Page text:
- Within the oral cavity - The appearance of a red or white color patch may be seen. One can also feel an overgrowth or Swelling of the jaw or below the tongue.
- Trouble in the pharynx - The pharynx is the throat. Apart from a lump in the throat, the patient also complains of a ringing sensation in their ears. Or, can also have trouble hearing.
- Complaint of the larynx - The larynx is the voice box. The patient often complains of a lump or heaviness around Adam’s apple. It is commonly associated with difficulty swallowing, heavy breathing, and a change in voice.
- Sinuses - The most common site of cancer in the sinus is the maxillary and frontal sinus. Chronic sinuses or infected sinuses, common Headaches that last longer than usual, are seen. Most symptoms related to sinusitis can be noted here.
- Salivary gland tumors - When it comes to head and neck cancers, salivary gland tumors are the most commonly seen, especially parotid gland tumor. Patients can complain of a lump, Xerostomia, excessive salivation, etc.
What are the treatments for head & neck cancer?
The treatment for head and neck cancer is determined based on the site of the tumor, the size of the tumor, the type of cancer, the grade of cancer, the age of the patient, and if any other comorbidities exist. Here are a few treatment plans -
- Surgery - Surgical excision of a tumor is the best treatment plan if the cancer has not spread. Along with the tumor, the surgeon also removes little tissue surrounding cancer to prevent the chances of relapse.
- Radiation therapy - This is a non-invasive method. Radiations are used to kill cancer cells. It is used in cases where the surgical approach cannot be used.
- Drugs - Depending on the cancer, the choice of drug is made. In most cases, a combination of drugs is used, to ensure faster eradication of cancer.
- Chemotherapy - Chemical agents are induced in the body. These agents are targeted to kill the cancer cells. However, since these chemicals are very strong, they often have more adverse effects, such as weight loss, hair loss, weakness, etc.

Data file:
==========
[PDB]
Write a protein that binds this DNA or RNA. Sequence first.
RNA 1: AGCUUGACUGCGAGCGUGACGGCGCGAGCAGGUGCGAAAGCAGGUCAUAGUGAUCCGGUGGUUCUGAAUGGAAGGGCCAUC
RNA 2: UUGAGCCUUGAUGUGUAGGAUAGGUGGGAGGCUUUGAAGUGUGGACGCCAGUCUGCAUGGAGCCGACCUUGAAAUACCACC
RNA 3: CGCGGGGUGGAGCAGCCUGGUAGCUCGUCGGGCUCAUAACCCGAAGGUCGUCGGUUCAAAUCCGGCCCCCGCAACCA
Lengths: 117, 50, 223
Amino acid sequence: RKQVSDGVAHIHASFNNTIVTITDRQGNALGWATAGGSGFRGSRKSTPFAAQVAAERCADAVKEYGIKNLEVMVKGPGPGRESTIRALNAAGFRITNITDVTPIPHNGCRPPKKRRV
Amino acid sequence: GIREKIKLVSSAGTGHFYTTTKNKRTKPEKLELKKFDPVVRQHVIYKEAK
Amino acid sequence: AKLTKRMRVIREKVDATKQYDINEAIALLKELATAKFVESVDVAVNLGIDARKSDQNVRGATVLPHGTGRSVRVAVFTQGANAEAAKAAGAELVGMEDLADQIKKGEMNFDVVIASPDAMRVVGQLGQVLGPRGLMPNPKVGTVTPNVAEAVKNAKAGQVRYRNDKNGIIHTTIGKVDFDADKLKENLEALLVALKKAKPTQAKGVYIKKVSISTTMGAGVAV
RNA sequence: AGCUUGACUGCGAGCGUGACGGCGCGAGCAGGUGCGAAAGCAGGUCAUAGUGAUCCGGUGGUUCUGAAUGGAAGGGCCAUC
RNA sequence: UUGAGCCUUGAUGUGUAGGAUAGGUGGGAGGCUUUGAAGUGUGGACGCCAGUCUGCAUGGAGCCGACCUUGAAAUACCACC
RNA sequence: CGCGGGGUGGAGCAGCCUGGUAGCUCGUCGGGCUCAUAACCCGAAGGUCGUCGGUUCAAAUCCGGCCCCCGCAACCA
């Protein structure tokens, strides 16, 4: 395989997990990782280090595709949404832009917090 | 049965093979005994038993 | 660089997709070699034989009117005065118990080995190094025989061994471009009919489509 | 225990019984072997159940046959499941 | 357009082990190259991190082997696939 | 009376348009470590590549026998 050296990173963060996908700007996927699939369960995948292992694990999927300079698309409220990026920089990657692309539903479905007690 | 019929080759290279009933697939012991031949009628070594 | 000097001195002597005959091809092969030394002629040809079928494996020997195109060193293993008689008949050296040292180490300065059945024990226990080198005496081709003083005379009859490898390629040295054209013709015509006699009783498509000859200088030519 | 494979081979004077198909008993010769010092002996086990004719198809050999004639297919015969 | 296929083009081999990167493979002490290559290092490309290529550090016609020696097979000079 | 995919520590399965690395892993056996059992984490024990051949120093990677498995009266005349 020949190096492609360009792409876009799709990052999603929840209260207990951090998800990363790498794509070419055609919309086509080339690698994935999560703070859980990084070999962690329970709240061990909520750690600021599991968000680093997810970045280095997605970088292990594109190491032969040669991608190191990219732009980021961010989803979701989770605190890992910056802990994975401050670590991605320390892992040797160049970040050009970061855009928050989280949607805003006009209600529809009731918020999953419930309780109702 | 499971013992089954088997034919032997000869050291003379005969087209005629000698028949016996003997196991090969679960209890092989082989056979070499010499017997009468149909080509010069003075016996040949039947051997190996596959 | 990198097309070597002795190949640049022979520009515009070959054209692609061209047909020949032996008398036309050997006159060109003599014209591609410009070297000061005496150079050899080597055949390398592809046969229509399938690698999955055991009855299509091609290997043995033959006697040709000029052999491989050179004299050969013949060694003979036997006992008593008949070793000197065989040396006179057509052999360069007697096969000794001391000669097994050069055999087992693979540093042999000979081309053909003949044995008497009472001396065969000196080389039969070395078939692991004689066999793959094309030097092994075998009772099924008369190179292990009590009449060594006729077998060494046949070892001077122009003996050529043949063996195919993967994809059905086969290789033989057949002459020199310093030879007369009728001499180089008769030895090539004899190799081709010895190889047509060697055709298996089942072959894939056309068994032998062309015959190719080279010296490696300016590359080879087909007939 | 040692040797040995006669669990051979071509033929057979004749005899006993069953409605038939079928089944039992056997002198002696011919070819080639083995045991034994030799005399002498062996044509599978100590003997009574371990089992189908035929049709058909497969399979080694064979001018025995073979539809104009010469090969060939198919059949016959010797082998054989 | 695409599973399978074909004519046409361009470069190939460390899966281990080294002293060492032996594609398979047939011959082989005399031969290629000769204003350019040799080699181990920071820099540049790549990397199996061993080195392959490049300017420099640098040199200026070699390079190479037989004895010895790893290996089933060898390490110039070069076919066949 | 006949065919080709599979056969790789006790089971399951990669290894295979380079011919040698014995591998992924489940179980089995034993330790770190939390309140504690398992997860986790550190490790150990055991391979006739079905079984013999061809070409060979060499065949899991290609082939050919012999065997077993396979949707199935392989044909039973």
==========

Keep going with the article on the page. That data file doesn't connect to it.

- In more advanced stages of cancers, oncologists, often tend to use more than one treatment plan to ensure that cancer has been removed.
What are the risk factors for head & neck cancer?
Here are a few commonly known risk factors for head and neck cancer.
- Chewing of tobacco - Tobacco contains Arecanut. This is the main culprit for most cancers related to the oral cavity. The constant secretion of this fluid, results in fibrosis of the muscle fibers, paving the way for cancer.
- Human Papillomavirus - HPV has been known to cause cancers, below the tongue or in the tonsillar regions. Hence, if you have HPV or have a history of being infected by this virus, then you must look out for oropharyngeal cancers.
- Alcohol abuse - Abusing alcohol, has been closely related to head and neck cancers. This is because alcohol reduces the ability of the body to fight back against the cancer genes as it reduces the overall immunity of the body.
- Radiation exposure - Radiation causes a mutation in the genetic material of the cells. This makes the cells behave like cancer cells and divide uncontrollably.
- Occupational hazards - People working in mines and places where they are frequently exposed to chemicals and toxins are more prone to developing head and neck cancers.